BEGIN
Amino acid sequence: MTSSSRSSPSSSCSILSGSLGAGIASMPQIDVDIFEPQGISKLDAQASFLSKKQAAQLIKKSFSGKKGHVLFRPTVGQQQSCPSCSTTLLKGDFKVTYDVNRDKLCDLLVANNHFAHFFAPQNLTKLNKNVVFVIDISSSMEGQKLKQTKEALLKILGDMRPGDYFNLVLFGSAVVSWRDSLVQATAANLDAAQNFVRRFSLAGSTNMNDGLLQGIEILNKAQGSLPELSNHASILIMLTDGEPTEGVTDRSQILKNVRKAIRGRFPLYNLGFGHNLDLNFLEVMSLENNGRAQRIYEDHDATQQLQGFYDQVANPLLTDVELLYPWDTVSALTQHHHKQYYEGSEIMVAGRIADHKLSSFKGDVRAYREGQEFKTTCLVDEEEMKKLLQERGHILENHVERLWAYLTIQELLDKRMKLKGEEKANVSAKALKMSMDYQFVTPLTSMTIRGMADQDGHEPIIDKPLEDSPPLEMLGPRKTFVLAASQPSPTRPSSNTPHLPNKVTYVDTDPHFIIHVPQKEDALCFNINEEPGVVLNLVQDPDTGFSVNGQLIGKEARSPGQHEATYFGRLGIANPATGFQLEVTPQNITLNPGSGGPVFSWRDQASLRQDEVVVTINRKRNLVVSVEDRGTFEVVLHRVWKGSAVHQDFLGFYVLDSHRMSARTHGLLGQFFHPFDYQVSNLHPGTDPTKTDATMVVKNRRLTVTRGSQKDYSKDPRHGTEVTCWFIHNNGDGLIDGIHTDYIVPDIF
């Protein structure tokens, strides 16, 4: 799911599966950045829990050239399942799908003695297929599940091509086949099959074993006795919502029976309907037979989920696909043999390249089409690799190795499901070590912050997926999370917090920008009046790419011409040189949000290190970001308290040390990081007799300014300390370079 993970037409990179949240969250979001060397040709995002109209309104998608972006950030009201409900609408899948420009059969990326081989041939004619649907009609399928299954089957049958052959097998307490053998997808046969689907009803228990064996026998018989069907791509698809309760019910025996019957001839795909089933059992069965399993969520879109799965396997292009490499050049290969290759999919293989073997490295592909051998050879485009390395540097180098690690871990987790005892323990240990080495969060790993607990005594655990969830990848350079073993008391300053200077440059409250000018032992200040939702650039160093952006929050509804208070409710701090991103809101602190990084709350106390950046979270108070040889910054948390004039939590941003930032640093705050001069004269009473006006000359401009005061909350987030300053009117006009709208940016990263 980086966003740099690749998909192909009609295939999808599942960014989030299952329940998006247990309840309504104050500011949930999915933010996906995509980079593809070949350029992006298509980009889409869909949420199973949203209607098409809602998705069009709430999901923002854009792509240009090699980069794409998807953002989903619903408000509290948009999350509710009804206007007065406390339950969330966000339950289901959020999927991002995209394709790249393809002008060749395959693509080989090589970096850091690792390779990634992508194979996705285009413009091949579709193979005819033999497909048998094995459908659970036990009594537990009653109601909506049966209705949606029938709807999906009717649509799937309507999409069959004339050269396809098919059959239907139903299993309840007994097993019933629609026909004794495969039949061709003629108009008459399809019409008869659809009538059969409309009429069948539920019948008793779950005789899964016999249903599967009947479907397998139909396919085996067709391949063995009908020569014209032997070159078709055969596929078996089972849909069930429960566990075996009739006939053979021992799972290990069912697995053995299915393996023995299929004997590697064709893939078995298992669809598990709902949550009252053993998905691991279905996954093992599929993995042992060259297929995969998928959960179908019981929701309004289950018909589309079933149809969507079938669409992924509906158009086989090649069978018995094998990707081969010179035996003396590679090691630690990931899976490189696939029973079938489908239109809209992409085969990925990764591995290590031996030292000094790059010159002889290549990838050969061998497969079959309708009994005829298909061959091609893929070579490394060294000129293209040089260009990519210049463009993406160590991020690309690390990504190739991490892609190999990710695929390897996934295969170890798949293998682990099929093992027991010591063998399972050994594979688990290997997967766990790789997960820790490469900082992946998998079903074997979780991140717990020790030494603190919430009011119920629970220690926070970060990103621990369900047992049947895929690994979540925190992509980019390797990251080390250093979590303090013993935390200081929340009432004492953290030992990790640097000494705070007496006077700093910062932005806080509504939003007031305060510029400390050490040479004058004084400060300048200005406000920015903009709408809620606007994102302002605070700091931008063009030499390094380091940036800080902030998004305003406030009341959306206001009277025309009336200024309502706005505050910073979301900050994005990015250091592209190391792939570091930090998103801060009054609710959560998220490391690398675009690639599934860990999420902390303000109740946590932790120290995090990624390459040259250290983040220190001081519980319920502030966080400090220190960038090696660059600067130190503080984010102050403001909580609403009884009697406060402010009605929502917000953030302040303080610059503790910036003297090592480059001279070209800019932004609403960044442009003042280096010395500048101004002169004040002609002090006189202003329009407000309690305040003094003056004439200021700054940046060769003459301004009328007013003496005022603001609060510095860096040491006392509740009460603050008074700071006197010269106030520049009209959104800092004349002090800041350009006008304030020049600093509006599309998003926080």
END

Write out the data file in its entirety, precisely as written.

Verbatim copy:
Amino acid sequence: MTSSSRSSPSSSCSILSGSLGAGIASMPQIDVDIFEPQGISKLDAQASFLSKKQAAQLIKKSFSGKKGHVLFRPTVGQQQSCPSCSTTLLKGDFKVTYDVNRDKLCDLLVANNHFAHFFAPQNLTKLNKNVVFVIDISSSMEGQKLKQTKEALLKILGDMRPGDYFNLVLFGSAVVSWRDSLVQATAANLDAAQNFVRRFSLAGSTNMNDGLLQGIEILNKAQGSLPELSNHASILIMLTDGEPTEGVTDRSQILKNVRKAIRGRFPLYNLGFGHNLDLNFLEVMSLENNGRAQRIYEDHDATQQLQGFYDQVANPLLTDVELLYPWDTVSALTQHHHKQYYEGSEIMVAGRIADHKLSSFKGDVRAYREGQEFKTTCLVDEEEMKKLLQERGHILENHVERLWAYLTIQELLDKRMKLKGEEKANVSAKALKMSMDYQFVTPLTSMTIRGMADQDGHEPIIDKPLEDSPPLEMLGPRKTFVLAASQPSPTRPSSNTPHLPNKVTYVDTDPHFIIHVPQKEDALCFNINEEPGVVLNLVQDPDTGFSVNGQLIGKEARSPGQHEATYFGRLGIANPATGFQLEVTPQNITLNPGSGGPVFSWRDQASLRQDEVVVTINRKRNLVVSVEDRGTFEVVLHRVWKGSAVHQDFLGFYVLDSHRMSARTHGLLGQFFHPFDYQVSNLHPGTDPTKTDATMVVKNRRLTVTRGSQKDYSKDPRHGTEVTCWFIHNNGDGLIDGIHTDYIVPDIF
């Protein structure tokens, strides 16, 4: 799911599966950045829990050239399942799908003695297929599940091509086949099959074993006795919502029976309907037979989920696909043999390249089409690799190795499901070590912050997926999370917090920008009046790419011409040189949000290190970001308290040390990081007799300014300390370079 993970037409990179949240969250979001060397040709995002109209309104998608972006950030009201409900609408899948420009059969990326081989041939004619649907009609399928299954089957049958052959097998307490053998997808046969689907009803228990064996026998018989069907791509698809309760019910025996019957001839795909089933059992069965399993969520879109799965396997292009490499050049290969290759999919293989073997490295592909051998050879485009390395540097180098690690871990987790005892323990240990080495969060790993607990005594655990969830990848350079073993008391300053200077440059409250000018032992200040939702650039160093952006929050509804208070409710701090991103809101602190990084709350106390950046979270108070040889910054948390004039939590941003930032640093705050001069004269009473006006000359401009005061909350987030300053009117006009709208940016990263 980086966003740099690749998909192909009609295939999808599942960014989030299952329940998006247990309840309504104050500011949930999915933010996906995509980079593809070949350029992006298509980009889409869909949420199973949203209607098409809602998705069009709430999901923002854009792509240009090699980069794409998807953002989903619903408000509290948009999350509710009804206007007065406390339950969330966000339950289901959020999927991002995209394709790249393809002008060749395959693509080989090589970096850091690792390779990634992508194979996705285009413009091949579709193979005819033999497909048998094995459908659970036990009594537990009653109601909506049966209705949606029938709807999906009717649509799937309507999409069959004339050269396809098919059959239907139903299993309840007994097993019933629609026909004794495969039949061709003629108009008459399809019409008869659809009538059969409309009429069948539920019948008793779950005789899964016999249903599967009947479907397998139909396919085996067709391949063995009908020569014209032997070159078709055969596929078996089972849909069930429960566990075996009739006939053979021992799972290990069912697995053995299915393996023995299929004997590697064709893939078995298992669809598990709902949550009252053993998905691991279905996954093992599929993995042992060259297929995969998928959960179908019981929701309004289950018909589309079933149809969507079938669409992924509906158009086989090649069978018995094998990707081969010179035996003396590679090691630690990931899976490189696939029973079938489908239109809209992409085969990925990764591995290590031996030292000094790059010159002889290549990838050969061998497969079959309708009994005829298909061959091609893929070579490394060294000129293209040089260009990519210049463009993406160590991020690309690390990504190739991490892609190999990710695929390897996934295969170890798949293998682990099929093992027991010591063998399972050994594979688990290997997967766990790789997960820790490469900082992946998998079903074997979780991140717990020790030494603190919430009011119920629970220690926070970060990103621990369900047992049947895929690994979540925190992509980019390797990251080390250093979590303090013993935390200081929340009432004492953290030992990790640097000494705070007496006077700093910062932005806080509504939003007031305060510029400390050490040479004058004084400060300048200005406000920015903009709408809620606007994102302002605070700091931008063009030499390094380091940036800080902030998004305003406030009341959306206001009277025309009336200024309502706005505050910073979301900050994005990015250091592209190391792939570091930090998103801060009054609710959560998220490391690398675009690639599934860990999420902390303000109740946590932790120290995090990624390459040259250290983040220190001081519980319920502030966080400090220190960038090696660059600067130190503080984010102050403001909580609403009884009697406060402010009605929502917000953030302040303080610059503790910036003297090592480059001279070209800019932004609403960044442009003042280096010395500048101004002169004040002609002090006189202003329009407000309690305040003094003056004439200021700054940046060769003459301004009328007013003496005022603001609060510095860096040491006392509740009460603050008074700071006197010269106030520049009209959104800092004349002090800041350009006008304030020049600093509006599309998003926080």